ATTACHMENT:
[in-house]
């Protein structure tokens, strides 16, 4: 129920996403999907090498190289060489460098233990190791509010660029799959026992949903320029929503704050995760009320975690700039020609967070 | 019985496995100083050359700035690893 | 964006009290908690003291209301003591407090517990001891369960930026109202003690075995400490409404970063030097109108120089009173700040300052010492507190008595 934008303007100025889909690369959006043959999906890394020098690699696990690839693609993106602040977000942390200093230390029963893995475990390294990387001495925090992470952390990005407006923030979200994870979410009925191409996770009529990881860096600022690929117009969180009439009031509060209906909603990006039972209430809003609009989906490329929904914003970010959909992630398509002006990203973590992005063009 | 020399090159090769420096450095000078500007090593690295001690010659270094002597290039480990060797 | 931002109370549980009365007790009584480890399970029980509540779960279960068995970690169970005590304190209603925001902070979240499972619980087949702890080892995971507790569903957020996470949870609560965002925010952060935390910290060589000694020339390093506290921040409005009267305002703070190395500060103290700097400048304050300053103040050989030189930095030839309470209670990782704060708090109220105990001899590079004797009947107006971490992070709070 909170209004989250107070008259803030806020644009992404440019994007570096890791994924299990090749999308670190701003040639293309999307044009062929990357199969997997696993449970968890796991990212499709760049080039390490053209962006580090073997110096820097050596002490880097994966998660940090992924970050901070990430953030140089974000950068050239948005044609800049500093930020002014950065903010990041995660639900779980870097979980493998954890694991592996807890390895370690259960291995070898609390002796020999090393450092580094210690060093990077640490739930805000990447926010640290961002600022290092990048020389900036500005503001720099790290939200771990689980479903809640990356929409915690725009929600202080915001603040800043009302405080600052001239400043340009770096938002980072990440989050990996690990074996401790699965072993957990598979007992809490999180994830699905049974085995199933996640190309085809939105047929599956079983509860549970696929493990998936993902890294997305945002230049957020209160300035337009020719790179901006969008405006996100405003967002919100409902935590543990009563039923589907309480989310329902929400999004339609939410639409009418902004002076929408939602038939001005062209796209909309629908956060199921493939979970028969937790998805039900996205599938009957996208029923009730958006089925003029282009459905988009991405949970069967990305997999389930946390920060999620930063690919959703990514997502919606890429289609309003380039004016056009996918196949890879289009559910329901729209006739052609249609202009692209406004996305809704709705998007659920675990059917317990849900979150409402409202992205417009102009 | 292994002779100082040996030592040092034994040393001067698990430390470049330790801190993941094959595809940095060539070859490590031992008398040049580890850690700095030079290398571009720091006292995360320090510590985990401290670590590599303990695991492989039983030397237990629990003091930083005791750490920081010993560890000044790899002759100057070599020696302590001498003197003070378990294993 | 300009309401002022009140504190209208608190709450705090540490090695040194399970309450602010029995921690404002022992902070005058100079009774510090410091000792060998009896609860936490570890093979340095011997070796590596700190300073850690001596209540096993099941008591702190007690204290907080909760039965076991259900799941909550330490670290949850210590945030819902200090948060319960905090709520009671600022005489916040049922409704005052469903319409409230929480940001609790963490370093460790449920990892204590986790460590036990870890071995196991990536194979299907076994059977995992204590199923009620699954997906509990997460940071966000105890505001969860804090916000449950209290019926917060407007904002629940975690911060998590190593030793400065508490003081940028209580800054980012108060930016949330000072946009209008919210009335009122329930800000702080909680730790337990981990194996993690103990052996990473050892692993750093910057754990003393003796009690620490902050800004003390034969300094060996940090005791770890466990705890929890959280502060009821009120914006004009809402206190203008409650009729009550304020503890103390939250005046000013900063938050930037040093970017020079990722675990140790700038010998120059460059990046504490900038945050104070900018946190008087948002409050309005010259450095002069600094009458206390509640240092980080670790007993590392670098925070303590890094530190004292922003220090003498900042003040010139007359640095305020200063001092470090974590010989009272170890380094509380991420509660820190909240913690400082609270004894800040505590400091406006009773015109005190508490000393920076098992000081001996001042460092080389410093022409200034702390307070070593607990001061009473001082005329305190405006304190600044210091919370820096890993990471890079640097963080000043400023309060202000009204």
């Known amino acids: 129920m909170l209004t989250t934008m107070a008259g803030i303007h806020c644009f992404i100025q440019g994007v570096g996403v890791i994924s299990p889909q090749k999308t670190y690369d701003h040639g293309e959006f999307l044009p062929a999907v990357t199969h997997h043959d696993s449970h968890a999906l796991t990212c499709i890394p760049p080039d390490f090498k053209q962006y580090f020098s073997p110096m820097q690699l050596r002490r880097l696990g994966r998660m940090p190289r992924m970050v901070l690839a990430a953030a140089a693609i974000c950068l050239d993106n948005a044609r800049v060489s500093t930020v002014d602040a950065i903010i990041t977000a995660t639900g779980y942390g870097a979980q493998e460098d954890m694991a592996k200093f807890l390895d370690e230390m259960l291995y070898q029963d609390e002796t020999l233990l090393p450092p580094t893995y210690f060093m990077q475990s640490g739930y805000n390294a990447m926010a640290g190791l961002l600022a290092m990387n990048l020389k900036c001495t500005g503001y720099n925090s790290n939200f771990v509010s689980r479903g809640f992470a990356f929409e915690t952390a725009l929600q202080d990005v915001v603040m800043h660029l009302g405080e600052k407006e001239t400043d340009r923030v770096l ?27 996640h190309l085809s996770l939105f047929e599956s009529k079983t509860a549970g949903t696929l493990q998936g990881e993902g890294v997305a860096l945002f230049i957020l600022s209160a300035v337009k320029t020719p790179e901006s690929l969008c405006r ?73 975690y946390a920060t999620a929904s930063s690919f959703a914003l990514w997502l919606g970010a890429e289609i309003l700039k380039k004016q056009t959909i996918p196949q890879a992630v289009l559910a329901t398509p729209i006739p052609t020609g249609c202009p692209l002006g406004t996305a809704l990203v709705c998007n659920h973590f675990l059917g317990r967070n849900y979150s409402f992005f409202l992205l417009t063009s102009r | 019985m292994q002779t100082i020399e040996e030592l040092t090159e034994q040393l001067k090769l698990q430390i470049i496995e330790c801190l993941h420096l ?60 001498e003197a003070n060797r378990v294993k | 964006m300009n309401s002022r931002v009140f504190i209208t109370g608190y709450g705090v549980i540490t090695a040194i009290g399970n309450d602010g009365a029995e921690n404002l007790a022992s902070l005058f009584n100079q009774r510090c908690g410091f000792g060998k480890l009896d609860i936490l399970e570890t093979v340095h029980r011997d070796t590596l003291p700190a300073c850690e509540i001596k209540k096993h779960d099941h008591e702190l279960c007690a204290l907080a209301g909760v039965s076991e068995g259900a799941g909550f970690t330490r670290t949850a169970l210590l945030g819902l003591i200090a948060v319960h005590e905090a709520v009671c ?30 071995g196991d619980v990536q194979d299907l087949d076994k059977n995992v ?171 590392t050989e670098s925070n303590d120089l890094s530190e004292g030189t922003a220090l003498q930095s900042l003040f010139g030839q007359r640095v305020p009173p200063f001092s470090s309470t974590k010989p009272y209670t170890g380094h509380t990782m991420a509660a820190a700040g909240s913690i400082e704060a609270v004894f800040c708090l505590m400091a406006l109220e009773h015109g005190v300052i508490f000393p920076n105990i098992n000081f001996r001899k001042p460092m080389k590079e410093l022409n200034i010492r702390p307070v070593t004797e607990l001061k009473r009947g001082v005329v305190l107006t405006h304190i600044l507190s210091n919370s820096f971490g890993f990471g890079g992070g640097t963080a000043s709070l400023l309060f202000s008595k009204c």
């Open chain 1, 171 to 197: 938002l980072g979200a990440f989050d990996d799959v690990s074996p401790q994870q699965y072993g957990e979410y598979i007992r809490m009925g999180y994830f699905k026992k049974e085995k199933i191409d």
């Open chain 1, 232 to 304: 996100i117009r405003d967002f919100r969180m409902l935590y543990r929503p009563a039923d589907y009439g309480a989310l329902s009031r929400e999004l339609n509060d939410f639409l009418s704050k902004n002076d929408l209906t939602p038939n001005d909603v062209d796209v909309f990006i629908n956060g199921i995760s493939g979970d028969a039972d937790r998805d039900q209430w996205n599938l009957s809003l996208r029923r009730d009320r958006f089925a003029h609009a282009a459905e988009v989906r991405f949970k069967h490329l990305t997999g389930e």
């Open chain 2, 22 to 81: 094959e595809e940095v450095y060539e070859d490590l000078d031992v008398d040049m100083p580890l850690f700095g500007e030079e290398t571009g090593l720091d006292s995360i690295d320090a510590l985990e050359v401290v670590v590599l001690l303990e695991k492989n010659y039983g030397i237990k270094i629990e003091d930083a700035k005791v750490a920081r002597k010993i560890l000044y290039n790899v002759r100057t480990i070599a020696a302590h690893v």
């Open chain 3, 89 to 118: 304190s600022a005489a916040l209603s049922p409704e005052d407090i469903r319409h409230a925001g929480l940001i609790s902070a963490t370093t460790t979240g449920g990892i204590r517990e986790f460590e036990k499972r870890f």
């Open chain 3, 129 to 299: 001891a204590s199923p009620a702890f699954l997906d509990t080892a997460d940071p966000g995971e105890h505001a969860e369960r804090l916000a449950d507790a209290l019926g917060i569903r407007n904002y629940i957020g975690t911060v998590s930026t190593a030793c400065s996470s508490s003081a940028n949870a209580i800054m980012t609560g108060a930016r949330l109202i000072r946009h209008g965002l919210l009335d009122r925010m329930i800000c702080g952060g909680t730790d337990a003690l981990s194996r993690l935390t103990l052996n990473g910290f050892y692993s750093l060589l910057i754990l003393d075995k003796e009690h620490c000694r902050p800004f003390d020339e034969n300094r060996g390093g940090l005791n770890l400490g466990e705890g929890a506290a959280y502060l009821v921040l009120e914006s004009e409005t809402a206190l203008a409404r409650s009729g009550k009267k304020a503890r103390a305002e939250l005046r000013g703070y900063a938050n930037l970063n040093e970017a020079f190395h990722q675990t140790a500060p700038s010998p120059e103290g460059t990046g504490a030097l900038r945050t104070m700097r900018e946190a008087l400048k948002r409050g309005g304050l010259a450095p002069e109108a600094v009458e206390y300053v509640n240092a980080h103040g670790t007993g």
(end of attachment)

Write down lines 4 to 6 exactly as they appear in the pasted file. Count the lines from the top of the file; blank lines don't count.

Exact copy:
């Open chain 1, 171 to 197: 938002l980072g979200a990440f989050d990996d799959v690990s074996p401790q994870q699965y072993g957990e979410y598979i007992r809490m009925g999180y994830f699905k026992k049974e085995k199933i191409d």
């Open chain 1, 232 to 304: 996100i117009r405003d967002f919100r969180m409902l935590y543990r929503p009563a039923d589907y009439g309480a989310l329902s009031r929400e999004l339609n509060d939410f639409l009418s704050k902004n002076d929408l209906t939602p038939n001005d909603v062209d796209v909309f990006i629908n956060g199921i995760s493939g979970d028969a039972d937790r998805d039900q209430w996205n599938l009957s809003l996208r029923r009730d009320r958006f089925a003029h609009a282009a459905e988009v989906r991405f949970k069967h490329l990305t997999g389930e």
């Open chain 2, 22 to 81: 094959e595809e940095v450095y060539e070859d490590l000078d031992v008398d040049m100083p580890l850690f700095g500007e030079e290398t571009g090593l720091d006292s995360i690295d320090a510590l985990e050359v401290v670590v590599l001690l303990e695991k492989n010659y039983g030397i237990k270094i629990e003091d930083a700035k005791v750490a920081r002597k010993i560890l000044y290039n790899v002759r100057t480990i070599a020696a302590h690893v």